Kite surfing madness in Worthing?

Monday, November 30th, 20097 Comments

The sleepy West Sussex town of Worthing found itself the setting for an extreme sports challenge this month. Two local kite surfers received widespread media coverage when they achieved their ambition to jump over the town’s pier. Jake Scrace, 25, and Lewis Crathern, 24, used 40mph-plus winds to carry them over the Victorian pier. The Grade II listed pier – the home to the famous International Birdman competition, where people use various odd mechanical devices in an attempt to fly – did at last witness human flight although the two kite boarders narrowly missed crashing into it.

Jack Scrace, a carpenter, who makes kite boards, and Lewis Crathern, a professional kite surfer, say they’d been preparing for the death-defying event for four years. Many who witnessed the daredevil duo jump 40ft into the air, were heard to ask ‘why?’. And by the pair’s own admission, if the pier-jumping effort didn’t go 100 per cent to plan, they’d have been feeding the seagulls.

So why do people choose to test themselves like this?  There’s a frequently used quote by the US novelist and intrepid journalist, Ernest Hemingway, ‘There are only three real sports: bull-fighting, car racing and mountain climbing. All the others are mere games’. For Hemingway, like many people, the adrenalin only pumped when it mattered.

Many people have attributed the rise in extreme sports to our increasingly comfortable lives. In evolutionary terms, the ‘fight or flight’ adrenalin rush that we used to get on a daily basis when hunting for food with our spears has disappeared.  To feel alive, they argue, we need to reproduce the fight or flight adrenalin rush in other ways.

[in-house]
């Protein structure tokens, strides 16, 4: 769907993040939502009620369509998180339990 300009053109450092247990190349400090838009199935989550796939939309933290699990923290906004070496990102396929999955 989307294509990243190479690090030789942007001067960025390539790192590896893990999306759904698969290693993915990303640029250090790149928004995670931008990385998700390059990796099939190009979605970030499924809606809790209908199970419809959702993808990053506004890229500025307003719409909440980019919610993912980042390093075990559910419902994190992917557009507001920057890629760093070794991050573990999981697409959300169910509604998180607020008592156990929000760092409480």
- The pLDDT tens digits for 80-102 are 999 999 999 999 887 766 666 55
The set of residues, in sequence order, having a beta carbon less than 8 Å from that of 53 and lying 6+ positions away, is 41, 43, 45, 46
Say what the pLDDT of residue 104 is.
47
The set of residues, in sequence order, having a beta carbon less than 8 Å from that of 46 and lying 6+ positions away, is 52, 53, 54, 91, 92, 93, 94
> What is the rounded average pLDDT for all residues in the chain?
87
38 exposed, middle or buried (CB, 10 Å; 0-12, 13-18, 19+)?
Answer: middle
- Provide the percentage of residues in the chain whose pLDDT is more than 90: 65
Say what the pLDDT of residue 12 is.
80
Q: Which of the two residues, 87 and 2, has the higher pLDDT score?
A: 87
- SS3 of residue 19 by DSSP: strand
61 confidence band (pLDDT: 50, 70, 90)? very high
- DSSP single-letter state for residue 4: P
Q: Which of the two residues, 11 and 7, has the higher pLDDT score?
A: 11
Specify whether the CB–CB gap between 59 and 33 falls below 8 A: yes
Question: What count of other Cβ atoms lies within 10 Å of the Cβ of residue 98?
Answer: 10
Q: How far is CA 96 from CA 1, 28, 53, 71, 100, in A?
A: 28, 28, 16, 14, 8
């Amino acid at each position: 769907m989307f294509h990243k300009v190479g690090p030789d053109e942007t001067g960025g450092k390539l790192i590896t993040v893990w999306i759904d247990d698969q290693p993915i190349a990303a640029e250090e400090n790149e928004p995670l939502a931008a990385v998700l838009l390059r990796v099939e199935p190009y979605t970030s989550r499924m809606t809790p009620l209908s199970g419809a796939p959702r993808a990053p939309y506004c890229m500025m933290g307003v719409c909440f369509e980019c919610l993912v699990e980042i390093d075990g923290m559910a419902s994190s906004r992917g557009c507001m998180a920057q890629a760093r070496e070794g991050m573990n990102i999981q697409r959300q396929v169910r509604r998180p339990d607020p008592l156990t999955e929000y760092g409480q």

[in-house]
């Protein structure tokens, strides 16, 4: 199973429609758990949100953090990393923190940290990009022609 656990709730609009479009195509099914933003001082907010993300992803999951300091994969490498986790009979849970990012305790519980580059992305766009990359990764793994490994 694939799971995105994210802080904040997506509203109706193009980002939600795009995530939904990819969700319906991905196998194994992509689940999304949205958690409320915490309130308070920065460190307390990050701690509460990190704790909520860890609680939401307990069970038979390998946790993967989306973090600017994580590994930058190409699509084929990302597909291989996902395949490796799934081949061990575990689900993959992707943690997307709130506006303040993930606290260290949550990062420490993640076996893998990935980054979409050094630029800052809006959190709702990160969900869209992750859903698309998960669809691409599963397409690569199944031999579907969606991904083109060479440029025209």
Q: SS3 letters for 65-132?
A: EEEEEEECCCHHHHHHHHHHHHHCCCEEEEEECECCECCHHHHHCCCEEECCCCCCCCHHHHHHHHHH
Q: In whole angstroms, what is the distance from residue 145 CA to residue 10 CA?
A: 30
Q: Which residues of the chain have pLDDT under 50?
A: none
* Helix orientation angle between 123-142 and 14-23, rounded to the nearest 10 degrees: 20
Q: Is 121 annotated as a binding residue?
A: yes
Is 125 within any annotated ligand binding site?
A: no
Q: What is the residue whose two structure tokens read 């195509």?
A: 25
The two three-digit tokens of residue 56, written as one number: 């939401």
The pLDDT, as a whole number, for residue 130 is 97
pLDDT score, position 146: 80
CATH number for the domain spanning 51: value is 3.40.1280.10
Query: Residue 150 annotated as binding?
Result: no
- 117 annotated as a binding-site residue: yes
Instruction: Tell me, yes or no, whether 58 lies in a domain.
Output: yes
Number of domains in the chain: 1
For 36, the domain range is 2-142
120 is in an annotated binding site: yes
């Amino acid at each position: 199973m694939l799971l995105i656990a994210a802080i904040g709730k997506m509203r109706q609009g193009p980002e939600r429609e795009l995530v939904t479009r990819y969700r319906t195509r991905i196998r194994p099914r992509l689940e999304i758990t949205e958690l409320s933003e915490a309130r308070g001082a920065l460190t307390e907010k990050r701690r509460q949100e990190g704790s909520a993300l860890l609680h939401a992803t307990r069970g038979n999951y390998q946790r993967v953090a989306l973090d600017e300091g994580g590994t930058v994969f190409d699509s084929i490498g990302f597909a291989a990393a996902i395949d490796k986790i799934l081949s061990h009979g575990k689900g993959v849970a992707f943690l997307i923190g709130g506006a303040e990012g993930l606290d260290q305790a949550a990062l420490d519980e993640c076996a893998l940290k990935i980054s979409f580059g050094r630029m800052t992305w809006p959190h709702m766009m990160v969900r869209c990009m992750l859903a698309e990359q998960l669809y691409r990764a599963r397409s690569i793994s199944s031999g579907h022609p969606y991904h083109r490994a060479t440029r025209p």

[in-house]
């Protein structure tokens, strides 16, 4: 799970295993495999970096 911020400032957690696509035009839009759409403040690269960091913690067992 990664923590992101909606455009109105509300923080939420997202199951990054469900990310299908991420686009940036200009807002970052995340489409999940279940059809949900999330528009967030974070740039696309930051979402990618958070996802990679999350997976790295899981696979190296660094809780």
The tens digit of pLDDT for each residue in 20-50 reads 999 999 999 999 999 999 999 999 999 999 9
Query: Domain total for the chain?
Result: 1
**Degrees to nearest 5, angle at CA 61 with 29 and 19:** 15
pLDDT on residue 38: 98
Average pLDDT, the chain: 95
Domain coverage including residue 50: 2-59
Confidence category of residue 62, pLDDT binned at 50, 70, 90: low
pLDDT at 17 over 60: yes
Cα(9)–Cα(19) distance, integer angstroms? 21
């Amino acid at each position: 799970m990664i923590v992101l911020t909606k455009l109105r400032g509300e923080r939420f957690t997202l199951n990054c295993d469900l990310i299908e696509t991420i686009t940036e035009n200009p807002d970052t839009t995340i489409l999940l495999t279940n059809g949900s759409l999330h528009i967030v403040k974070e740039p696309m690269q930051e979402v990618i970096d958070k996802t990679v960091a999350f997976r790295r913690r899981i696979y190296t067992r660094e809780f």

Former US President George Bush Snr, celebrated his 85th birthday this year by sky-diving out of an aircraft. Was he being any more sensible than the two kite surfers jumping over Worthing pier? Probably not. But, like the Worthing duo, George Bush Snr said he felt more alive afterwards.

Risk, it seems, is part of our make-up; too little risk can make Jack a dull boy, too much daredevil adrenalin and we could end up in looking our local pier in the face. In the end the choice has to be yours.

If you want to try an adrenalin-racing activity that meets your risk profile, click here

Quad bikers and hippos glory in the mud

Friday, November 27th, 20092 Comments

Quad bikers and hippos have one thing in common. Mud. They love it. While ordinary folk like clear blue skies and firm green grass under foot, quad bikers are rarely happier than when wallowing in the mud. Rob Sawyer, who runs a 400-acre wood in Leicestershire, where quad bikers regularly splatter themselves in the brown stuff, says: ‘We are as busy in the winter as the summer.’